March 25, 2011 | 38 comments
March 17, 2011 | 85 comments
March 17, 2011 | 9 comments
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March 15, 2011 | 8 comments
Powerline’s Paul Mirengoff makes the case that the 2012 Republican nomination is Sarah Palin’s to lose given her popularity among the Tea Party movement. But I think it’s important to draw a distinction between Palin receiving a hero’s welcome at Tea Party events, or even showing tremendous influence in GOP primaries, and people choosing her as a presidential nominee. Back in April, a NY Times/CBS poll of Tea Partiers found that 66 percent viewed Palin favorably, yet a plurality of 47 percent to 40 percent said she didn’t have the ability to be an effective president. Some conservatives may dismiss any NY Times poll, but it is telling that respondents viewed general favorability and presidential qualifications as two separate questions. So I think that we should be careful not to conflate the two and assume that Palin has the Tea Party vote locked up in a presidential race.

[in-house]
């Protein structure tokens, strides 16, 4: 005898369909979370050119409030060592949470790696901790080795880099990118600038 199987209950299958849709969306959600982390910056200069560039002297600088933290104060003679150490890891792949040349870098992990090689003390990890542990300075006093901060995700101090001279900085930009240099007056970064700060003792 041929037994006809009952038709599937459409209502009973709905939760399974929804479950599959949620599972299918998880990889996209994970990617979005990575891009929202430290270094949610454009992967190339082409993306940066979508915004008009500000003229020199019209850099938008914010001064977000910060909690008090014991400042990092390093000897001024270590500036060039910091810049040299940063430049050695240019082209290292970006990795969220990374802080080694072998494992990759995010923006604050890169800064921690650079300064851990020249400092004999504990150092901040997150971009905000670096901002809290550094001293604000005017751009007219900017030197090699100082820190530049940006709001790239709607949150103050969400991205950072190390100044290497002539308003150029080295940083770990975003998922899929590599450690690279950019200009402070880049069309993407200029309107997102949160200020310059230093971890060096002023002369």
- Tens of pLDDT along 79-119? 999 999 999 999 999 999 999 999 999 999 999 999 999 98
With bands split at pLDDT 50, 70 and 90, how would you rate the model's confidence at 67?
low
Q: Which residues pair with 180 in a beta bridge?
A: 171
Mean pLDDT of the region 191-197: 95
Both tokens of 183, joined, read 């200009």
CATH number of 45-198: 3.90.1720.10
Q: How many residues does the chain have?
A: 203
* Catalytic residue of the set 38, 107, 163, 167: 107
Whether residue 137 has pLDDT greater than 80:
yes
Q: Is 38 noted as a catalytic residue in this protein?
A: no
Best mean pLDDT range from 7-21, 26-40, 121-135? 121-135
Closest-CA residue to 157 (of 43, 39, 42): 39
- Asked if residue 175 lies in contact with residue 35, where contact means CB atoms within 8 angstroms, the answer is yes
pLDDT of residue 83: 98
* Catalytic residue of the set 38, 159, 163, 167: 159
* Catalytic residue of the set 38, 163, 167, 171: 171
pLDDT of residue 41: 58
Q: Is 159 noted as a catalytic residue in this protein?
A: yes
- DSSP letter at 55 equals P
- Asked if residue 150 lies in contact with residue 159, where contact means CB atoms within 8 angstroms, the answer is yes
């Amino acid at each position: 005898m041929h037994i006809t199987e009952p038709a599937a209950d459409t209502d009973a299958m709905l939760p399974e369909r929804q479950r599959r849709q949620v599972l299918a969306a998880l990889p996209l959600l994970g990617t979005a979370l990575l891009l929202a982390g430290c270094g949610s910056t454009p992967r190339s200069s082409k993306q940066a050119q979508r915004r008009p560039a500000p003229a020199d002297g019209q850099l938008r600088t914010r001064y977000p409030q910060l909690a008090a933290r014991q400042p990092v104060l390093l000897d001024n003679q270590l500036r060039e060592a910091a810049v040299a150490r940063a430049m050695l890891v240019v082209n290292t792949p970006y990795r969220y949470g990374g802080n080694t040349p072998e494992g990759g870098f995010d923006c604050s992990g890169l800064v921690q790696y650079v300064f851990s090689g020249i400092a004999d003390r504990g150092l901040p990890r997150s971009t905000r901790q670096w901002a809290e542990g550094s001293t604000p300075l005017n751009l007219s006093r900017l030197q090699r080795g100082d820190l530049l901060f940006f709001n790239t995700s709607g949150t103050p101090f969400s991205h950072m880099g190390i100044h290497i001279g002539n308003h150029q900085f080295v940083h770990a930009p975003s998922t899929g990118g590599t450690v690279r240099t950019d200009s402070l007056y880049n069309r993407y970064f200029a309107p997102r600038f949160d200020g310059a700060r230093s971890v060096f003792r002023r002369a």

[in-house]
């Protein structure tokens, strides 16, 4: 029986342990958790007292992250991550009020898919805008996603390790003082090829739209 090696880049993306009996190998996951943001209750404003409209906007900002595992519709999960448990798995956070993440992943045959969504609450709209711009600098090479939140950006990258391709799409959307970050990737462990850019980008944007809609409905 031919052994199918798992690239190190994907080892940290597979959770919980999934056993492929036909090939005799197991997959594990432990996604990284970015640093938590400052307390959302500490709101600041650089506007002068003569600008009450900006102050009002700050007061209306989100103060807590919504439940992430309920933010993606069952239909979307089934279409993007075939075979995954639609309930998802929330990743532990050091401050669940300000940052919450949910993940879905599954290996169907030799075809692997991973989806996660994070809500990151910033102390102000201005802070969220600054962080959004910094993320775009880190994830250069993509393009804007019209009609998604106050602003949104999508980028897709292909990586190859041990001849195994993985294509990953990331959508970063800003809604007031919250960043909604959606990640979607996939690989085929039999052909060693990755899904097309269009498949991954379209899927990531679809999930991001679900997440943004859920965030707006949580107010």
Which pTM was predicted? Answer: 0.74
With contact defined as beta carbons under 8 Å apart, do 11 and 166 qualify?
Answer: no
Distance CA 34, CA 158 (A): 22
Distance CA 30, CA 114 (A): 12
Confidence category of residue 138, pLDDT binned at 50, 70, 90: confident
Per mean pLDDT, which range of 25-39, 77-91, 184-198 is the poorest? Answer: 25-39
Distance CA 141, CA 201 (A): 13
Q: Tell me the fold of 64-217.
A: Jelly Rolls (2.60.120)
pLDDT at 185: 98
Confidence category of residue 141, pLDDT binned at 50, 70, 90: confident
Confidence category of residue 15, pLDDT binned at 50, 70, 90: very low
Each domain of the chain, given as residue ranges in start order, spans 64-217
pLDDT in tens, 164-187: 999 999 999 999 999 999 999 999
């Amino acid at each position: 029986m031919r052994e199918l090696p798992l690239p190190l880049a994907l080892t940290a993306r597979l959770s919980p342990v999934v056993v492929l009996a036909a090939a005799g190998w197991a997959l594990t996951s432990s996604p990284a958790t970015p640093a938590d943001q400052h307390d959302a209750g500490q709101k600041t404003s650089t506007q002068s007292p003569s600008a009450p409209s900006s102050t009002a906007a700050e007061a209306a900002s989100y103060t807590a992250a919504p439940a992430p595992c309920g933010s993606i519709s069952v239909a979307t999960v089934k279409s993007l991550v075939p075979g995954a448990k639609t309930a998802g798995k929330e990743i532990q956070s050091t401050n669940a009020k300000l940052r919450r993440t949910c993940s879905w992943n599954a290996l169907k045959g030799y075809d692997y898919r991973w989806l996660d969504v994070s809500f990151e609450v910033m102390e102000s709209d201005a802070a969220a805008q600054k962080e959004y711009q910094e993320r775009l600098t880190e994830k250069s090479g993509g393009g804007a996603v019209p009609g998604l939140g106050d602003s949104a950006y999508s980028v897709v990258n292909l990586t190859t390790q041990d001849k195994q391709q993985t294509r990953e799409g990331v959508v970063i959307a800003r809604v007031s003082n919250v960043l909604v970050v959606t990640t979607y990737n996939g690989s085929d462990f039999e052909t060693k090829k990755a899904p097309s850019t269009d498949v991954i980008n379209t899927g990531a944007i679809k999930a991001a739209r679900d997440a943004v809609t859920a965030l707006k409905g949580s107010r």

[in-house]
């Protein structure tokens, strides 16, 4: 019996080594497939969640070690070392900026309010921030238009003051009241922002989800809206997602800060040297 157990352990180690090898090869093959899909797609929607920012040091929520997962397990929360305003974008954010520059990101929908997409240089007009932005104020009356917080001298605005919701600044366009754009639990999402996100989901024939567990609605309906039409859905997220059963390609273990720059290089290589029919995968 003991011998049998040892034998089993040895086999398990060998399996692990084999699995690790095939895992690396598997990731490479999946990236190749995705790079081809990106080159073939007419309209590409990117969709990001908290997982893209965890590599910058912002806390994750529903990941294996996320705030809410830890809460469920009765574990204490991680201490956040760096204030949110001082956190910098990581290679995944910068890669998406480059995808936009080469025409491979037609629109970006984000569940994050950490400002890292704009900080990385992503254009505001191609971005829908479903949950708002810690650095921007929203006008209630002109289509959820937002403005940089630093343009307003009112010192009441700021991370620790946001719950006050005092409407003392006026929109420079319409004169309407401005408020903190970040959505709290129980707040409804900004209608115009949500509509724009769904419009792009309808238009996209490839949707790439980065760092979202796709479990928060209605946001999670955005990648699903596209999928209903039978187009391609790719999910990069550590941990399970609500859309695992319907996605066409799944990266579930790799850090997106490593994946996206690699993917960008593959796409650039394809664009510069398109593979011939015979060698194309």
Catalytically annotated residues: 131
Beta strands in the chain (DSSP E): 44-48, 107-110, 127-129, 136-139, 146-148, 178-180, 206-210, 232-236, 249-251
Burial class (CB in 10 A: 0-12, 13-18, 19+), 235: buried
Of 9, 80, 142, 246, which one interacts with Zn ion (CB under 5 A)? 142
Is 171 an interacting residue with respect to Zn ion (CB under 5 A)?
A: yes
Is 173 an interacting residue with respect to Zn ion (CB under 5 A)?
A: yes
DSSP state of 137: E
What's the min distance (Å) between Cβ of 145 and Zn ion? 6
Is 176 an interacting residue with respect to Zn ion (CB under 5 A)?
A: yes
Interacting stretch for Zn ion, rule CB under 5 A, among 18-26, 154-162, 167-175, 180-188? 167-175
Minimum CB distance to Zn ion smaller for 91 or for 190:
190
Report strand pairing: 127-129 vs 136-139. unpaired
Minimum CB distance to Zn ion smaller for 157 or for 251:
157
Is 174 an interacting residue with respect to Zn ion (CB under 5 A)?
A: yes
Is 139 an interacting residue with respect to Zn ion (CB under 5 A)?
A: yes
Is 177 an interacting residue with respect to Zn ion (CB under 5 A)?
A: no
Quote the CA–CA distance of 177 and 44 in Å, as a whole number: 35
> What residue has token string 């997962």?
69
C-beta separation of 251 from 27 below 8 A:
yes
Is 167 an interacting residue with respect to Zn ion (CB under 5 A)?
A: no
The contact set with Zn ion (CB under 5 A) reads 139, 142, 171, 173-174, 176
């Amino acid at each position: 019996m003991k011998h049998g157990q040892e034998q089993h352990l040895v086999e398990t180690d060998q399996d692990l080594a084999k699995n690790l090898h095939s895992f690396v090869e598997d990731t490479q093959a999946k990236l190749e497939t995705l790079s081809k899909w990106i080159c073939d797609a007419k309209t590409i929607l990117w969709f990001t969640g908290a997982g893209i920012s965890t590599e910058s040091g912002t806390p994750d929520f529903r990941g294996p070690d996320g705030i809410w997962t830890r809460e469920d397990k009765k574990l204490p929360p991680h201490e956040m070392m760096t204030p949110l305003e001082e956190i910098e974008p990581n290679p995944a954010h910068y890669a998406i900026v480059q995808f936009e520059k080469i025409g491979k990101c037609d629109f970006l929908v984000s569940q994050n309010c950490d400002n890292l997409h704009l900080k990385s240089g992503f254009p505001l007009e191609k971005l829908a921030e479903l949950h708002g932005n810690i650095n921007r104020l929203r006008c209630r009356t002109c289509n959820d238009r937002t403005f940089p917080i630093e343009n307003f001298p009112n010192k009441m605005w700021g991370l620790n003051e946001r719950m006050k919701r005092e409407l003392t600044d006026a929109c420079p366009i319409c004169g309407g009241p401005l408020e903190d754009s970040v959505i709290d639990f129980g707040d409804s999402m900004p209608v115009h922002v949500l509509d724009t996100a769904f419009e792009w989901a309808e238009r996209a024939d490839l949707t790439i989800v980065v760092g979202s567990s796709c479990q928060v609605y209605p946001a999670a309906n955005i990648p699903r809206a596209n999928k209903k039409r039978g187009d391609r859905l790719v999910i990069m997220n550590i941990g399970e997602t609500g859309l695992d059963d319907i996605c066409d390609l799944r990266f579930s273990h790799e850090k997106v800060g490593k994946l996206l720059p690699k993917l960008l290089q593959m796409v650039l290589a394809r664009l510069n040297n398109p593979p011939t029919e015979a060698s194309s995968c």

A man of faith in a godless age is hitting Americans where it hurts.
Mr. and Mrs. American Spectator Reader, let P.J. O’Rourke talk sense to your kids.
In Britain, defending your property can get you life.
The debacle of this president’s administration is both a cause and a symptom of the decline of American values. Unless Congress impeaches him, that decline will go on unchecked. An eminent jurist surveys the damage and assesses the chances for the recovery of our culture.
It won’t take long for conservatives to scratch this presidential wannabe off their 2008 scorecard.
The American Christmas, like the songs that celebrate it, makes room for everybody under the rainbow. Is that why so many people seem to be hostile to it?
Was the President done in by the economy, or by the politics of the economy?